Political opponents of U.S. Senate candidate Sue Lowden are using her connection to a failed bank to attack her candidacy.
The attacks highlight Lowden's role on the board of directors of the failed Colonial Bank of Nevada and failed efforts by the bank's parent, Colonial BancGroup of Montgomery, Ala., to get money from the federal government's troubled asset relief program, also known as TARP or "bailout money."
On his campaign Web site, Sen. Harry Reid, D-Nev., whom Lowden and several other Republican candidates are seeking to challenge, criticizes Lowden, accusing her of several flaws, including her role at the bank and her statements about the bank bailouts.
The post, titled "Lowden's economic 'plan' doesn't let facts get in the way," said Lowden was a paid member of the board of directors of Colonial Bank of Nevada from June 1998 to February 2009.
Her role at the bank is mentioned in an online profile of Lowden by Forbes magazine.
But it would be a stretch to imply Lowden contributed to Colonial's problems or suggest she played a role in the decision to seek bailout money from the government, said Tony Plath, a banking expert familiar with Colonial and an associate professor of finance at University of North Carolina, Charlotte.
Plath said that the board of directors at Colonial Bank of Nevada was an "advisory board" and that the board with legal responsibility for the bank operated out of the Alabama headquarters.
Plath sadi that in 1998, when Colonial took over Commercial Bank of Nevada, of which Lowden was a founding member, it did what many new corporate parents do. It maintained an advisory board at the local level to continue giving the impression of local control though decisions would be made by leaders at the corporate level.
"They're really not legally responsible board members," Plath said of advisory boards.
Plath added that problems that led Colonial to seek bailout money and subsequently fail didn't have much to do with its business in Nevada, anyway.
"That is not where they needed (bailout money) to save the franchise," Plath said. "Their position in Nevada was relatively small."
Lowden consultant Robert Uithoven said Reid shouldn't criticize Lowden for her role with the bank.
"Colonial Bank of Nevada created far more private sector jobs in Nevada than Harry Reid ever could have dreamed of with their small business loans," Uithoven said.
Sen. Harry Reid is poised to depart snowy Washington for a fundraising sweep in California when the Senate is out of session this week, reports the Sunlight Foundation, a government watchdog group.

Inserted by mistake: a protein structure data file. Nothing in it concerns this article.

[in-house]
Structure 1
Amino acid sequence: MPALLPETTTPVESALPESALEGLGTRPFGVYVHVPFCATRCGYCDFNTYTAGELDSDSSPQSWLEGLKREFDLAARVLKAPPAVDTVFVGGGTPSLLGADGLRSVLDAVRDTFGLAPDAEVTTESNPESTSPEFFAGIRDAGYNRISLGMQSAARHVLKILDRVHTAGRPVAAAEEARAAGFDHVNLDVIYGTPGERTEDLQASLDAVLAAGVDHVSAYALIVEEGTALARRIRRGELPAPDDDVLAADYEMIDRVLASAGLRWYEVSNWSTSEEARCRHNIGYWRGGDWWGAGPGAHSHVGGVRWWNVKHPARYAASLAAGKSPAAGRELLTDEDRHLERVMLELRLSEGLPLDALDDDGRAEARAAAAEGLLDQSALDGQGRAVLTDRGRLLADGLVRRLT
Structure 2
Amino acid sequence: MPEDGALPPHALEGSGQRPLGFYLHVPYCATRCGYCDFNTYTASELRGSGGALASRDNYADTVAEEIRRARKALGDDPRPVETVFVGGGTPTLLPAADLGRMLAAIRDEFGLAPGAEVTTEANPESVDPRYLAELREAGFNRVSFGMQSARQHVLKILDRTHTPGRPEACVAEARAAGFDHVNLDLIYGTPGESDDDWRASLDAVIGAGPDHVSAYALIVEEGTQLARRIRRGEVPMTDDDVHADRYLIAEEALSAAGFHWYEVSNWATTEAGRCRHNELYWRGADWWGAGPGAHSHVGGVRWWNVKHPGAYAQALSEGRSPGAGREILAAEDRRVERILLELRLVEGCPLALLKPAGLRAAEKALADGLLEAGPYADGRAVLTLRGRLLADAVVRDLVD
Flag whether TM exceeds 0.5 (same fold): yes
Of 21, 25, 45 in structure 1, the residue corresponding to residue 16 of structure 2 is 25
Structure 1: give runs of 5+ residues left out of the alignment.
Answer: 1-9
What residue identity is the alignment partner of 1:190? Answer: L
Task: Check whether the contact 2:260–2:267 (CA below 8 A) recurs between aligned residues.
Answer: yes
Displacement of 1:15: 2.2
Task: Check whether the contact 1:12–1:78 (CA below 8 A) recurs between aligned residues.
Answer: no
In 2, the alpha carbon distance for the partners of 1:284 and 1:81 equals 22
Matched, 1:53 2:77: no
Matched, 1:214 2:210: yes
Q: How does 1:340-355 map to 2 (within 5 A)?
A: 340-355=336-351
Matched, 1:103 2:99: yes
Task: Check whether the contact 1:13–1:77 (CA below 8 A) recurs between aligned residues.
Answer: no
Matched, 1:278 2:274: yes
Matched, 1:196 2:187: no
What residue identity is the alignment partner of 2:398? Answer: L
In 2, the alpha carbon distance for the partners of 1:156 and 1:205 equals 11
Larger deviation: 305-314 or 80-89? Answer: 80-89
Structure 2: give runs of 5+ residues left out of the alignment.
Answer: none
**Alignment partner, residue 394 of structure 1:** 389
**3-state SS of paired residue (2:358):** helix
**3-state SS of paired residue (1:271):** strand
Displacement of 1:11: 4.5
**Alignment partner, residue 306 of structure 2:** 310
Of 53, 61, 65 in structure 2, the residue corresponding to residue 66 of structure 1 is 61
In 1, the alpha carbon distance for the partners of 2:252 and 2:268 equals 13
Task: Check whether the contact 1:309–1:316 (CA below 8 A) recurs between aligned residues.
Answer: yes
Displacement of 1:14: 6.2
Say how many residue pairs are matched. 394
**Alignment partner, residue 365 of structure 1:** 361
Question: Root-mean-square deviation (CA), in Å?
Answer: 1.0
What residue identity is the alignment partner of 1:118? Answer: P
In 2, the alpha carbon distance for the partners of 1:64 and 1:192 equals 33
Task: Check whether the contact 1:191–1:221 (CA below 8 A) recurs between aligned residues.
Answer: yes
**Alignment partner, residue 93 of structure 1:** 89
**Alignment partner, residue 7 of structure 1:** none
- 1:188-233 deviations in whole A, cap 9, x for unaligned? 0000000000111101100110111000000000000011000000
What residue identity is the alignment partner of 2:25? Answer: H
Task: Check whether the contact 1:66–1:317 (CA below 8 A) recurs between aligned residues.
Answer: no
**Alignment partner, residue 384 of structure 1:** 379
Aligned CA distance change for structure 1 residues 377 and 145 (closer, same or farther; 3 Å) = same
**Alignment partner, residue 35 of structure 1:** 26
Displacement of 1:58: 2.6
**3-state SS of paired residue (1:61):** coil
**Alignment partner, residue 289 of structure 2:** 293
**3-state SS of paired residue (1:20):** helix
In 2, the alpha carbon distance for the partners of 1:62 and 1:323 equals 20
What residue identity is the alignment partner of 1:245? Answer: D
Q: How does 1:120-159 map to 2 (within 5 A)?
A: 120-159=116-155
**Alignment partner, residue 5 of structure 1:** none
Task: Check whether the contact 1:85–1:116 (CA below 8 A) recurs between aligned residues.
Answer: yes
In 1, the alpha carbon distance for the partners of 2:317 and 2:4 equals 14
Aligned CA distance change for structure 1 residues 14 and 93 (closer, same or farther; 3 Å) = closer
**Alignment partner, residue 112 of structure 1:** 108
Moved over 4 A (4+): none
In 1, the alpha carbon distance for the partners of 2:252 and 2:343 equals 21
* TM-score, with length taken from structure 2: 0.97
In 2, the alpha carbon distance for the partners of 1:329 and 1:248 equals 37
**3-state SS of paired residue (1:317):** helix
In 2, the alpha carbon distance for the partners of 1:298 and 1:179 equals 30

Reid, who has set a $25 million goal to fund his re-election bid, has scheduled a cocktail party night in San Francisco and a breakfast there Tuesday.
Also on Tuesday, the Senate majority leader will be in Bel Air, the foundation said.
At a Senate Environment and Public Works Committee hearing on Tuesday, Sen. Barbara Boxer, D-Calif., posed a question to the nominees for three seats on the Nuclear Regulatory Commission.
"I have a question here for all three of you from Senator (Harry) Reid, and you can just answer yes or no: If confirmed, would you second-guess the Department of Energy's decision to withdraw the license application for Yucca Mountain from the NRC's review?"
George Apostolakis, nuclear science and engineering professor at the Massachusetts Institute for Technology: "No."
William Magwood, former director of the Office of Nuclear Energy at the Department of Energy: "No."
William Ostendorff, former principal deputy administrator at the National Nuclear Security Administration: "No."
"Thank you," Boxer said. "I think he will be very pleased with that."
The significance of that exchange: If the three are confirmed, that means a majority of the five-member commission will be on record as having said they would not intervene to halt the Energy Department's planned pullout from the proposed Nevada nuclear waste repository.
A fourth member of the five-member NRC board, Chairman Gregory Jaczko, might be expected not to intervene. Jaczko worked as Reid's science adviser before he joined the NRC board in January 2005.
At Tuesday's hearing, Boxer, the committee chairwoman, said she expected "speedy confirmation" for the nominees. Sen. James Inhofe, R-Okla., the panel's ranking Republican, said he would support all three.
Energy Secretary Steven Chu has said DOE within a month would file a motion with an NRC judicial panel to withdraw the repository construction application.